Written by Marius von Mayenburg, translated by Maja Zade and directed by Rob Kempson. Until Jan. 29 at Aki Studio in Daniels Spectrum, 585 Dundas St. E. arcstage.com
Its premise is compelling, perhaps even provocative: Benjamin Sinclair (Nabil Traboulsi) has radicalized into a Christian zealot, weaponizing the Bible and launching theological verses like grenades on a battlefield.
He views his single mother (Deborah Drakeford) as nothing more than a heathen; his school, a cesspool of impiety. Come hell or high water, Benjamin will do anything and everything to fight secularism — and his firmly agnostic teacher (Aviva Armour-Ostroff).
But “Martyr,” the drama by German playwright Marius von Mayenburg, translated by Maja Zade and receiving its Canadian premiere courtesy of ARC Stage, buckles under its own ambition, failing to tackle the sweeping themes it thrusts into the audience like a bloody dagger.
These are timely issues, no question: religious extremism, adolescent isolation and, most of all, the tension between a secularist and religious state. Yet leaving them largely unexplored, as Mayenburg does in “Martyr,” makes for a frustrating 90 minutes of theatre — all the more so when director Rob Kempson’s valiant production seemingly attempts to mine the material for more than is inherently present.
The play’s fundamental flaw lies in its central character. Understandably, Benjamin isn’t likeable; making a character of his temperament “likeable” is a near impossible task.
At the very least, however, it’s crucial to feel invested in his journey. Yet there’s not much of a journey to follow. Mayenburg doesn’t provide any context.
First, how does Benjamin become so radicalized? It’s hard to believe that simply reading a religious text, as depicted in the play, is enough to tip someone into God-fearing extremism. In a world of echo chambers and social media rabbit holes, which existed when “Martyr” was originally produced in 2012, it’s perplexing that Mayenburg doesn’t depict how the teenager falls into his spiritual rut.
Second, and perhaps more importantly, why does Benjamin become a Christian zealot? Mayenburg provides some subtle hints — Benjamin comes from a broken family, falls into religious extremism to shroud his social awkwardness and uses it as a shield for his own self-loathing, perhaps — but never follows up on these vague threads.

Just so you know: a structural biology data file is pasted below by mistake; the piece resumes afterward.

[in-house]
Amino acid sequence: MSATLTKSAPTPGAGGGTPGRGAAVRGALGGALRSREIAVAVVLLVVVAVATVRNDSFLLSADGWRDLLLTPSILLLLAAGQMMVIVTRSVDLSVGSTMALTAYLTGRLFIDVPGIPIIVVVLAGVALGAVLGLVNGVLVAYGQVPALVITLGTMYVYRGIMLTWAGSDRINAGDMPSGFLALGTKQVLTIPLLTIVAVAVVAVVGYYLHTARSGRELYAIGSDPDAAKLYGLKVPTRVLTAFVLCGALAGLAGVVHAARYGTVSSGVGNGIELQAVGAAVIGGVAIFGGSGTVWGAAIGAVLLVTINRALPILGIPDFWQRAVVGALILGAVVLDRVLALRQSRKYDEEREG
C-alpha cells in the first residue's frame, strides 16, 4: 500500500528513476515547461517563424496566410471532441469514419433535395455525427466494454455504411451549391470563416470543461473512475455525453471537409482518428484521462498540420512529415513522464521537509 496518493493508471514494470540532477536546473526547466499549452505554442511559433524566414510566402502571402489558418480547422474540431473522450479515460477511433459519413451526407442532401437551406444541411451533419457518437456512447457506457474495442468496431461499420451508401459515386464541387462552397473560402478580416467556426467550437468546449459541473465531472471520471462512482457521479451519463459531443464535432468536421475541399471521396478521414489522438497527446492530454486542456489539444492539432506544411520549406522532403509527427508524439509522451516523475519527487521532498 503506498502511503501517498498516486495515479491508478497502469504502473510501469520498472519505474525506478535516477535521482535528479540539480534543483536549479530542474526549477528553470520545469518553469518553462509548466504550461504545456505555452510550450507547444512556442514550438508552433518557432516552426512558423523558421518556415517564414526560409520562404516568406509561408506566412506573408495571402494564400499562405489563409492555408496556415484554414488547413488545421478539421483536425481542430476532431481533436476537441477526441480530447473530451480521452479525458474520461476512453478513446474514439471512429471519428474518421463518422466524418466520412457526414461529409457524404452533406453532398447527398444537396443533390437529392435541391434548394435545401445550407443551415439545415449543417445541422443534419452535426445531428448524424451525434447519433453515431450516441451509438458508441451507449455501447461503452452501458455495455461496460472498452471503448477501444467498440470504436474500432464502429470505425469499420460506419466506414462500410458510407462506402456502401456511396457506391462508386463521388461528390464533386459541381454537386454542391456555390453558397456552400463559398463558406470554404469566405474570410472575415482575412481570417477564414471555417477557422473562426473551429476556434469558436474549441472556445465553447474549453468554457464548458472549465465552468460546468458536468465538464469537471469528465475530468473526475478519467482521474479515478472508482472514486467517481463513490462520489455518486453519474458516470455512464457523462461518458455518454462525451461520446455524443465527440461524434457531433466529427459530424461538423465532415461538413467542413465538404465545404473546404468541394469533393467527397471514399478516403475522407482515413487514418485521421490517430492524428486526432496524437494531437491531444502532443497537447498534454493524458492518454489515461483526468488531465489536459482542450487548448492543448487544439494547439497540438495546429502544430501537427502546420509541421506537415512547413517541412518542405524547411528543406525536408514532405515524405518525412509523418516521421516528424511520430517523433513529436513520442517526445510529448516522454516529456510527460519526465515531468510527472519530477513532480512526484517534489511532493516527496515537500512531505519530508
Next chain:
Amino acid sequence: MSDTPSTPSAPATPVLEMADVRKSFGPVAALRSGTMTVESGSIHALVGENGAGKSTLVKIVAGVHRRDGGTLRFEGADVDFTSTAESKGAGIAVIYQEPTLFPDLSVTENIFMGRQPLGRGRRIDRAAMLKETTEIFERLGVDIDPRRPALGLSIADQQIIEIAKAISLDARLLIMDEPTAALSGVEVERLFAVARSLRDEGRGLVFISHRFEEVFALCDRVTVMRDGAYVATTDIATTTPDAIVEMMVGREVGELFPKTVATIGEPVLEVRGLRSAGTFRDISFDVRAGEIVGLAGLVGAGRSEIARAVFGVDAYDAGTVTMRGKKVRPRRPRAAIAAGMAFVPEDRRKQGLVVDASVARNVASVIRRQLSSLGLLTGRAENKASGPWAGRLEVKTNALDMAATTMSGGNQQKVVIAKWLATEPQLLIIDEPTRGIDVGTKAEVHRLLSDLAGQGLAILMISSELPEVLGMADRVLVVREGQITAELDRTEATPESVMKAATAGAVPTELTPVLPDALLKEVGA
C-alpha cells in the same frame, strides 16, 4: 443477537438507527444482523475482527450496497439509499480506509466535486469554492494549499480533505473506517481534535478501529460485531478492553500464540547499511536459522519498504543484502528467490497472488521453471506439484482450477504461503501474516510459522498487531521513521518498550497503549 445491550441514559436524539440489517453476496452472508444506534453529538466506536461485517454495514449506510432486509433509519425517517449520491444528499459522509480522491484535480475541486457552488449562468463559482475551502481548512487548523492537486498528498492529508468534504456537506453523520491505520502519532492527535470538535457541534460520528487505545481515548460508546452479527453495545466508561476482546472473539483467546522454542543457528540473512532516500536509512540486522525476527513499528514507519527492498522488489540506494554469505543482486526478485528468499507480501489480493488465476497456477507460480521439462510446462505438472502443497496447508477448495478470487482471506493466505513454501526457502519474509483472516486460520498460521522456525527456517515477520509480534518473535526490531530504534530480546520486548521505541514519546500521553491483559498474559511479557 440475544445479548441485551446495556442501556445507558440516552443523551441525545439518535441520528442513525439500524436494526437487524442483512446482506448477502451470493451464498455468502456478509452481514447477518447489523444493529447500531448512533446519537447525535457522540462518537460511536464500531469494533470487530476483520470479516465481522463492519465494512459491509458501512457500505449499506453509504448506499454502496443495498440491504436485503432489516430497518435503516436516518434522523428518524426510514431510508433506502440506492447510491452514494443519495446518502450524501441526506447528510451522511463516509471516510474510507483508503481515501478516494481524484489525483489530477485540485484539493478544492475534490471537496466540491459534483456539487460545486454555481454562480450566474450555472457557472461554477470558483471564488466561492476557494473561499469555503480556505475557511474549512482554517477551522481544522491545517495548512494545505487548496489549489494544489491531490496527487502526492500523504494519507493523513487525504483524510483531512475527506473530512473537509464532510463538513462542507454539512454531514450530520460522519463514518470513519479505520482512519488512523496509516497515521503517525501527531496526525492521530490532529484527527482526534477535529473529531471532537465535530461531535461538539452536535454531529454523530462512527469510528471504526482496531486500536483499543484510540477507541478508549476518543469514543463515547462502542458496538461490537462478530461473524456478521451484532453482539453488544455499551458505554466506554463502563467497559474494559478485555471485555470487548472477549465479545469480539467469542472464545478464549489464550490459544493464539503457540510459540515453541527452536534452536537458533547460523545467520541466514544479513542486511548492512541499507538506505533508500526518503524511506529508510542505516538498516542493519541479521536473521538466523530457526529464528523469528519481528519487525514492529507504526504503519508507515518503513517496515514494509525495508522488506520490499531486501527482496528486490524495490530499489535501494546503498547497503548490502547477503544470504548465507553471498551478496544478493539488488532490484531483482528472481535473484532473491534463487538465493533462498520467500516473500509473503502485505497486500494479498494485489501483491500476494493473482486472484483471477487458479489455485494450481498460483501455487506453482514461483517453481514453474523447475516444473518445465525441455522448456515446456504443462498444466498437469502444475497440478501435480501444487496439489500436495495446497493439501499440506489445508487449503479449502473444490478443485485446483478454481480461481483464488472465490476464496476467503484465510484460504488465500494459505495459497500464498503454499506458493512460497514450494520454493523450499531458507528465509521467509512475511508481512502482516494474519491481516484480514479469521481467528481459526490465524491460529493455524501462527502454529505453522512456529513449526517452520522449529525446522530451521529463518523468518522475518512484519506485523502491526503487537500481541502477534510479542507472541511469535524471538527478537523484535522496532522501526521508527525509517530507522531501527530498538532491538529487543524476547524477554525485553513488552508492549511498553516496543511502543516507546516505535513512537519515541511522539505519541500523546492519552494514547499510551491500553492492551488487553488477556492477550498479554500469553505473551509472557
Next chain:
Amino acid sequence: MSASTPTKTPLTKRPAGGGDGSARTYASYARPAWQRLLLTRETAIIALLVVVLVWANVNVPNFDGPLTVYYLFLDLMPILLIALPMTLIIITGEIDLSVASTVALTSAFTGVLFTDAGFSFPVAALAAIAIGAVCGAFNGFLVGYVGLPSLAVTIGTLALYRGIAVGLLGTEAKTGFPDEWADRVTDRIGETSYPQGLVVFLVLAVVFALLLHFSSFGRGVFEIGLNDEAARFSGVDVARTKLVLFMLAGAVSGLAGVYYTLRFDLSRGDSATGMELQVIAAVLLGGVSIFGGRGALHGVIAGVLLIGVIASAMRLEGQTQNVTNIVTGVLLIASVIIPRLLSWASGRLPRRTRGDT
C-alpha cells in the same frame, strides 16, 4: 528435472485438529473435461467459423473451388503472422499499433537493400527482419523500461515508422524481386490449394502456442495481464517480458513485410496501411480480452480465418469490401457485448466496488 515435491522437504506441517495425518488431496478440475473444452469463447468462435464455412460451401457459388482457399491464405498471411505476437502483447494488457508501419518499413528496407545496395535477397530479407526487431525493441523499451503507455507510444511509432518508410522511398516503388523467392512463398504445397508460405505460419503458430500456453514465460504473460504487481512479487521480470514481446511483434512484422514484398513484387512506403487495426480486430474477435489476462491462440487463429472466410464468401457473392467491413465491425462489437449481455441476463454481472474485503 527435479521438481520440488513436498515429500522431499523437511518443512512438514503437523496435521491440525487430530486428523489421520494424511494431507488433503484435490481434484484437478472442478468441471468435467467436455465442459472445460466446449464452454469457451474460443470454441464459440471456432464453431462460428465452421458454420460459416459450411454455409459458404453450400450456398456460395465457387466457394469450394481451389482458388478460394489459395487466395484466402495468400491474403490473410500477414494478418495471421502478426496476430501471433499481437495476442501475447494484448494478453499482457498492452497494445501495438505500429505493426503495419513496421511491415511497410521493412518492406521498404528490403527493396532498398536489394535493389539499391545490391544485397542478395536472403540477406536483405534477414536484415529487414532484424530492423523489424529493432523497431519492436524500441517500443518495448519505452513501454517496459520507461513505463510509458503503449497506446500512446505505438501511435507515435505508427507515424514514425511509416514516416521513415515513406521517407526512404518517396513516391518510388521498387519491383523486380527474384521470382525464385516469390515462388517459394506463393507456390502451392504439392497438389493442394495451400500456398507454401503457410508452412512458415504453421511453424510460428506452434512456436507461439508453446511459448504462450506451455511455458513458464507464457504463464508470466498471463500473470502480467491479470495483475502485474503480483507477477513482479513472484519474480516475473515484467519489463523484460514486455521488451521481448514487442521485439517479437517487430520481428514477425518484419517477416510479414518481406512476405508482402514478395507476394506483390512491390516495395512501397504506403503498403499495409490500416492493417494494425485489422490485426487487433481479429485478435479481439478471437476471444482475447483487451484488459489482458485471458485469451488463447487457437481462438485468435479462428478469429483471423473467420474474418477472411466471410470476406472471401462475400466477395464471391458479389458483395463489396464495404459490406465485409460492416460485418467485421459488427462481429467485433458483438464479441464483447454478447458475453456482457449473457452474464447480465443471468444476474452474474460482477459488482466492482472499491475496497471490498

As Benjamin, Traboulsi seeks to find depth in a character that is surprisingly one-dimensional. Initially, he avoids playing the teenager as an exploding powder keg. Traboulsi’s Benjamin is more adrift, unsure of the convictions he spouts, clinging to his religious dogma like a life raft. Slowly, as he faces increased resistance, he becomes more emboldened and entrenched in his positions — his eyes no longer sullen but blazing with fury.
Traboulsi’s efforts to forge a character arc are commendable even if this arc has little textual foundation on which to stand.
What’s clear, however, is that Mayenburg is attempting to craft an allegory of the struggle between religious zealotry and secularism, as seen through the lens of Benjamin and his teacher, Erica White.
But there’s little discourse when Benjamin is painted so unsympathetically and his teacher’s reactions, up until the final scene, seem so understandable — and in some ways, perhaps restrained, given how Benjamin aims to eliminate her and her views.
Other characters are even more dimensionless. Willy Belford (Ryan Allen) is a caricature of an incompetent, and inappropriate, school administrator, while Vicar Dexter Menrath (Ryan Hollyman) is used to represent the religious establishment’s slipping grip over extremist factions.
Most confounding of all is Mayenburg’s depiction of Benjamin’s mother. Single, divorced, works the night shift, seemingly unable to connect with her son: her characteristics are no different from a parent in a typical kitchen-sink drama about a dysfunctional family with a troubled teen. Drakeford’s exasperated portrayal does little to elevate the role.
Of all the secondary characters, it’s Benjamin’s schoolmate George who is most compelling, thanks in large part to Adriano Reis’s absorbing performance as the kid with a leg deformity who is sucked into Benjamin’s orbit, only to turn into another casualty.
Other performances are uneven; some too broad while others too restrained. Overall, it appears the ARC Stage ensemble hasn’t quite settled into the barbed cadence of Mayenburg’s dialogue, with a handful of missed cues on opening night.
It’s Kempson’s well-conceived staging, along with sets by Jackie Chau and vivid lighting by Michelle Ramsay, that seems to be the most polished aspect of this production.
Kempson makes it evident that this play is meant to hold a mirror to society: our hypocrisy, intolerance, polarization and neglect of those ever increasing tendencies. The action takes place on an elevated traverse stage, with the audience seating on opposite sides of the playing space. When the actors aren’t onstage, they sit on orange chairs that flank the other two sides of the platform.
Chau’s wooden set is framed like an agora, where debate and words fly. It’s a robust vessel for an invigorating drama. And indeed, “Martyr,” has much to say. It just can’t quite get it out.
JOIN THE CONVERSATION